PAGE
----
cassacinamon

Robin Cassacinamon, early Pequot leader, as depicted in the Pequot Museum.

The documents are dated between the 1720s and 1760s, and chronicle the persistent efforts of Pequot Indians to protect their lands against English encroachment. A document from 1721 was an appeal by “the Pequot Indians Living at Mashuntuxitt (in Groaton)” made by a Pequot leader using the name of the long deceased but revered Pequot leader Robin Cassacinamon.  By the 1720s, the Pequot confronted illegal intrusions onto their land by a rapidly growing English population, most of whom were unwilling to recognize the Pequot’s legal or moral claims to the land.  The appeal chronicled the efforts of Pequot to adopt the European mixed-husbandry regime, and asserted the Mashantucket Pequots’ rights to the land they occupied by both historic claim (“where our Predicessors anciently dwelt”) and by the English doctrine of improvement, which was a central principle of the mixed husbandry regime. For the English, those who did not “improve” the land by adapting it for mixed husbandry forfeited the right to it. The Pequot petitioners noted that they had “improved” the land  by planting both corn and orchards, and “our orchards are of great worth & Value to us. by Reason our Grandfathers & fathers Planted them & the Apples are a great relief to us.” Despite these efforts, it appeared that by 1721 Englishmen from Groton were eager to claim some of this land improved by the Pequot, dividing it in lots and fencing it. The Pequot protested that the English once “Called us brethren: & Esteemed us to be Rational Creatures: but behold now they make us as Goats by moving us from place to place, to Clear rough land: & make it profitable for ‘em.”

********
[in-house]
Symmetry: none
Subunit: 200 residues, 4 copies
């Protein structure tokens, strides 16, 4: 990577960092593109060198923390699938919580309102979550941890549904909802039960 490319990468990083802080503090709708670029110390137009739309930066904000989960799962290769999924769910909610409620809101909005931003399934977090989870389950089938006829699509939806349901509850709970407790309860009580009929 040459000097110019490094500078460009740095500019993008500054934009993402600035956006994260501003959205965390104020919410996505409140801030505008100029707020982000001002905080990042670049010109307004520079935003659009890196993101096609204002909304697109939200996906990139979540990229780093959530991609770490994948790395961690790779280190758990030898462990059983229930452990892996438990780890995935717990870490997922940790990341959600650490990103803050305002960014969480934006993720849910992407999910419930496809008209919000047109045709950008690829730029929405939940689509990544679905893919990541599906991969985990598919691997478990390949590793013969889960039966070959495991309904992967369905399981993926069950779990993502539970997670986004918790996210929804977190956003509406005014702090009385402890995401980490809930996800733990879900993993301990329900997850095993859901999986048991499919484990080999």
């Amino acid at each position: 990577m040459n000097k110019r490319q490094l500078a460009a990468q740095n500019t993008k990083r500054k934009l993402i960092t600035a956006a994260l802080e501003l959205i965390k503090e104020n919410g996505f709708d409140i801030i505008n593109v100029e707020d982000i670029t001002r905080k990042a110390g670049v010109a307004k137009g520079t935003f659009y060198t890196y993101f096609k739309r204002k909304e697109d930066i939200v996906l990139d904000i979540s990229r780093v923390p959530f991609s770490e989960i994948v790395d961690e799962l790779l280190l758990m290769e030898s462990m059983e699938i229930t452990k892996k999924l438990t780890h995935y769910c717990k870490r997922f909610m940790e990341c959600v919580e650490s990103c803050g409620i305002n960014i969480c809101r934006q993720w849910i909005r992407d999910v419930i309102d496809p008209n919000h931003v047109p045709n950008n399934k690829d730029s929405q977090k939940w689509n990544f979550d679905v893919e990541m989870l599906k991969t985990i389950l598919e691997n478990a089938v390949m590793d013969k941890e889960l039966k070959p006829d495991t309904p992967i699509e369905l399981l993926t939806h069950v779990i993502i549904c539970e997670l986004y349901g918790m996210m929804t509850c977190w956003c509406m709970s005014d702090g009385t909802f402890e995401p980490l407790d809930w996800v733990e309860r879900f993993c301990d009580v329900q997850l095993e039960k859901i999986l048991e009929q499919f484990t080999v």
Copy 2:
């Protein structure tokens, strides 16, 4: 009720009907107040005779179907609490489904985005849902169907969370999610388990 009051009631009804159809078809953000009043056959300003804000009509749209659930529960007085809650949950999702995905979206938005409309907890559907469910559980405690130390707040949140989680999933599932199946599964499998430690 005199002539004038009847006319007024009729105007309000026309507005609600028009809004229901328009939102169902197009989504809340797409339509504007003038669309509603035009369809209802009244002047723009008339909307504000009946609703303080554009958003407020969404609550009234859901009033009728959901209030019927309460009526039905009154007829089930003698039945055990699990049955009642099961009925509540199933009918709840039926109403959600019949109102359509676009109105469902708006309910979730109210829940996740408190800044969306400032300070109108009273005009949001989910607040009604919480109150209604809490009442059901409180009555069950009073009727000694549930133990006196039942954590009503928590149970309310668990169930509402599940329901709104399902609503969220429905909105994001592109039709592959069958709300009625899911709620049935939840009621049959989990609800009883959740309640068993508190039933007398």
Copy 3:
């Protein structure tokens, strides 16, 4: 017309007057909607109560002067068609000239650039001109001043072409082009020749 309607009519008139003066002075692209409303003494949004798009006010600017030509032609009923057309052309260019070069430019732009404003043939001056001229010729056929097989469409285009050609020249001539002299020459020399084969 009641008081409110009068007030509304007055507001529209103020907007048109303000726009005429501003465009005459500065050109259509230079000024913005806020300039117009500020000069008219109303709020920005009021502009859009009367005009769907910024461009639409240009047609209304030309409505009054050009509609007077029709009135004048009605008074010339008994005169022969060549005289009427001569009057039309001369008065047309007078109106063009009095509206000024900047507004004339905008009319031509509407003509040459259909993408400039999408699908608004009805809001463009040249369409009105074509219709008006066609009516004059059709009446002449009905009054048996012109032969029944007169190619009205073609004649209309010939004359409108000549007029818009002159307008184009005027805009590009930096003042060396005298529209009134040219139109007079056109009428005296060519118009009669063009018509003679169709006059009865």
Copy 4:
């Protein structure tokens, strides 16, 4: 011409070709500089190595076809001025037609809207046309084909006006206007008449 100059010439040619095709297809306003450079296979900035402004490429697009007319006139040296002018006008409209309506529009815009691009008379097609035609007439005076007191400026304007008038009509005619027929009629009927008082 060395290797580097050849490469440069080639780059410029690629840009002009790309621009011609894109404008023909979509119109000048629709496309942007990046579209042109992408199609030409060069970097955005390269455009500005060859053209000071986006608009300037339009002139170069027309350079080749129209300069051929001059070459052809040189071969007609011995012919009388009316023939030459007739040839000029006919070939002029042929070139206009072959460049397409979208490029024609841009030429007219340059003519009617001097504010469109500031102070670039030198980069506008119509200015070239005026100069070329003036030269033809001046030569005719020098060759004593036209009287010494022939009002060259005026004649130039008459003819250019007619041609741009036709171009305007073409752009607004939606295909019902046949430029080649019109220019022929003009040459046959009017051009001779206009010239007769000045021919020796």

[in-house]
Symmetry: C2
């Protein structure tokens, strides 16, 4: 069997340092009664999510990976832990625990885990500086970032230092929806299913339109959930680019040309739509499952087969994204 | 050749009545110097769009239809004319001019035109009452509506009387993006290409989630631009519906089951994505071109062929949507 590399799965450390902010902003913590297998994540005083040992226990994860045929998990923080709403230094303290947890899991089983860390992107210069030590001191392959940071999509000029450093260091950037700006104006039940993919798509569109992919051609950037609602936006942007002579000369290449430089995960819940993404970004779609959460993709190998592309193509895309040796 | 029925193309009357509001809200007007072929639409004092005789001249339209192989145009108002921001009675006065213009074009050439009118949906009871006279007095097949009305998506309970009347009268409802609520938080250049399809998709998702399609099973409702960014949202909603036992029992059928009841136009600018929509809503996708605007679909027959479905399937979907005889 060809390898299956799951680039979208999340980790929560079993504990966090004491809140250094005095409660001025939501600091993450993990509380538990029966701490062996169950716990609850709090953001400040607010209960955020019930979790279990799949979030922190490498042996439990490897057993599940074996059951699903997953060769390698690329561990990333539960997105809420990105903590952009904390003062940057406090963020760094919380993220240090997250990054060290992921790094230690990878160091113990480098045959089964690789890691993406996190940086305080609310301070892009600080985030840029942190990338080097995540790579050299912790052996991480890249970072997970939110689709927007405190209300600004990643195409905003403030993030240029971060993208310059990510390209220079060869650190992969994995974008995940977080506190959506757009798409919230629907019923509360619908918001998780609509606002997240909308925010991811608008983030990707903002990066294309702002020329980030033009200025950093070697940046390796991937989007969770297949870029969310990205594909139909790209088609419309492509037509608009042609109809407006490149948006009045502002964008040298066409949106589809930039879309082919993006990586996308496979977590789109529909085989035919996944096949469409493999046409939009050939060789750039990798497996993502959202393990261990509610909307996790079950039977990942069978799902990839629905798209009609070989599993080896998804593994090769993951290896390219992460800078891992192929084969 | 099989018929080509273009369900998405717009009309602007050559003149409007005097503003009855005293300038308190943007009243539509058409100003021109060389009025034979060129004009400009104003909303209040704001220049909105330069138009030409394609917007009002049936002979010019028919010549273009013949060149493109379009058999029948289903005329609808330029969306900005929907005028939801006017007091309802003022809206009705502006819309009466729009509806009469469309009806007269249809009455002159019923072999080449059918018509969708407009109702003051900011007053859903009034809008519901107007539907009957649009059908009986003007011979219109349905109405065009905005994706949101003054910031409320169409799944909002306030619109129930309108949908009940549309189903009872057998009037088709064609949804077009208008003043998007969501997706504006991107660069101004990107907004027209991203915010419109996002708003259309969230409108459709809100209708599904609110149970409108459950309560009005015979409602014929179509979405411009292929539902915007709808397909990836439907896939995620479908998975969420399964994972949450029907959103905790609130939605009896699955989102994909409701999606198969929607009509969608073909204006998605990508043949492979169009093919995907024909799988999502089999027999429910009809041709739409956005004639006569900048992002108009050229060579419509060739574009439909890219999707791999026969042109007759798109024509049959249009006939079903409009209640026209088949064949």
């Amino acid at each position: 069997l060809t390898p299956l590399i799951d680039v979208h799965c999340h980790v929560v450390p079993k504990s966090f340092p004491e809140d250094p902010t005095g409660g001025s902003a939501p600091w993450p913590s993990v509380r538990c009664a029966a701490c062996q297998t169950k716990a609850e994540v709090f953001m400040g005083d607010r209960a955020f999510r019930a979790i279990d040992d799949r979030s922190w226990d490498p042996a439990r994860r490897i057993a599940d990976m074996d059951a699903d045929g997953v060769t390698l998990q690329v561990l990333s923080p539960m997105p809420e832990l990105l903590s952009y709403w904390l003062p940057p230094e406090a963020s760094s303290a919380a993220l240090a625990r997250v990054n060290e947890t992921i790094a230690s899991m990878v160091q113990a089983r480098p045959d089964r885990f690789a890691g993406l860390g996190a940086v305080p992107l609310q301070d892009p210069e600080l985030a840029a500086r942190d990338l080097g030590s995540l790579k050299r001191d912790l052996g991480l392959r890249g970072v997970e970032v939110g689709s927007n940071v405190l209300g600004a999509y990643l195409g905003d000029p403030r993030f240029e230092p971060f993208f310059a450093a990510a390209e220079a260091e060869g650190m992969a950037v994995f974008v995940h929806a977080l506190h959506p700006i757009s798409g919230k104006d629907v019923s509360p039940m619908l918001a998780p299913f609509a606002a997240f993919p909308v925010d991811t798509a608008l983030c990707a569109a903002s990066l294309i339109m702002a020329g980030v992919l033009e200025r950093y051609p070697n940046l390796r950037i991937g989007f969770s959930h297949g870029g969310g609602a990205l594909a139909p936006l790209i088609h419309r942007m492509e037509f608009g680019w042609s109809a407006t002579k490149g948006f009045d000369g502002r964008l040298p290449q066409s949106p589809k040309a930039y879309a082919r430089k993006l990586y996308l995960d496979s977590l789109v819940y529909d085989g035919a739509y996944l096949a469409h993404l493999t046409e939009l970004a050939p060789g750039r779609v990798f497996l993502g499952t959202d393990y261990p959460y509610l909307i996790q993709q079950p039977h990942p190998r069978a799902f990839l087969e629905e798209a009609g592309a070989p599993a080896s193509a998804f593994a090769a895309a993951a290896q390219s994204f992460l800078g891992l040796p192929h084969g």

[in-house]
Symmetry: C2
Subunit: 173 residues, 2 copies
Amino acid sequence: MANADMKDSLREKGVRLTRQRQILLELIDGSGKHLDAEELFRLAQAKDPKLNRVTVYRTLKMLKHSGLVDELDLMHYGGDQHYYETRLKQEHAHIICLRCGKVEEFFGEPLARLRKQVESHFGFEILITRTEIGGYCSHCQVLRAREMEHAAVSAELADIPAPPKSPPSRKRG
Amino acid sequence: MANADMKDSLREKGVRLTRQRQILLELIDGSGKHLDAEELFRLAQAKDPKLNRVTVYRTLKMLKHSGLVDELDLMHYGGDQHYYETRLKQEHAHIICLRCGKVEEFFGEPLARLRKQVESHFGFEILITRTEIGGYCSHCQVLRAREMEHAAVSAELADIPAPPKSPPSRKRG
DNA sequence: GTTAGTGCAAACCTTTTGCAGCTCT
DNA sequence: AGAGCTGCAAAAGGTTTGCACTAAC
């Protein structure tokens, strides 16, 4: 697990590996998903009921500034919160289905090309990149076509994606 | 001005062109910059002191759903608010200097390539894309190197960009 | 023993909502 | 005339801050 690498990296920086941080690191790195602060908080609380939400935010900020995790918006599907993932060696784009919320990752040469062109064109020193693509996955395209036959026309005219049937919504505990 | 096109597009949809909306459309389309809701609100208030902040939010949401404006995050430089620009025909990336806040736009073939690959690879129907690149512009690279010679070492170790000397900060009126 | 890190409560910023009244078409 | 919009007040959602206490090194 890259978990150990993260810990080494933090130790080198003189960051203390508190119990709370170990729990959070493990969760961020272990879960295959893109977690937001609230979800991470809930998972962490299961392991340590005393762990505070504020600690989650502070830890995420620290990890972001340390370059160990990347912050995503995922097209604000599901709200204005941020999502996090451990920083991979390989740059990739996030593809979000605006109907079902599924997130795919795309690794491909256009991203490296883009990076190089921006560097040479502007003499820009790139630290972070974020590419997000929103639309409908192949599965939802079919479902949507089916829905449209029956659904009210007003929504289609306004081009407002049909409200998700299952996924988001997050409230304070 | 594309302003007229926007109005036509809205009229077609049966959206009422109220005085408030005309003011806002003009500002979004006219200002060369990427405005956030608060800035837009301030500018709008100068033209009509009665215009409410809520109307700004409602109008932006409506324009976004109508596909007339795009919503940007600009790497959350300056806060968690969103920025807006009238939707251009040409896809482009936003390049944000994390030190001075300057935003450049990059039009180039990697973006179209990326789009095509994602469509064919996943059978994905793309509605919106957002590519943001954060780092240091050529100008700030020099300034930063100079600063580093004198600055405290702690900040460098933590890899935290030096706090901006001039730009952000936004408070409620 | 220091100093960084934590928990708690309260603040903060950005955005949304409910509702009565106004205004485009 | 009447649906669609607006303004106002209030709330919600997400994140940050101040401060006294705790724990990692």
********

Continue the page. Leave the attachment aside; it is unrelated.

In Creatures of Empire, Virginia DeJohn Anderson examines the role European livestock played in the conquest of North America.

In Creatures of Empire, Virginia DeJohn Anderson examines the role European livestock played in the conquest of North America.

Additional records Jason sent along suggest that the conflict between acquisitive Groton English and the Mashantucket Pequot continued for decades, with the Groton men cutting wood and allowing their hogs and cattle to forage freely on lands claimed by the Pequot. In fact, it appears that the Groton English were soon using their livestock as “creatures of empire,” allowing their hogs and cattle to invade and destroy Pequot orchards.  The English response to Pequot complaints about the destruction wrought by their wandering livestock was to argue that the Pequot needed to build better fences. English law at this time did not require farmers to fence in livestock.  Instead, those growing crops were expected to fence them in; owners of marauding livestock were not liable for the damage they did to other people’s crops and orchards.

I am eager to do more research on Pequot orchards and their role in the Pequots’ efforts to defend their rights to their lands.  I hope to write additional blog posts on the subject over the course of the summer.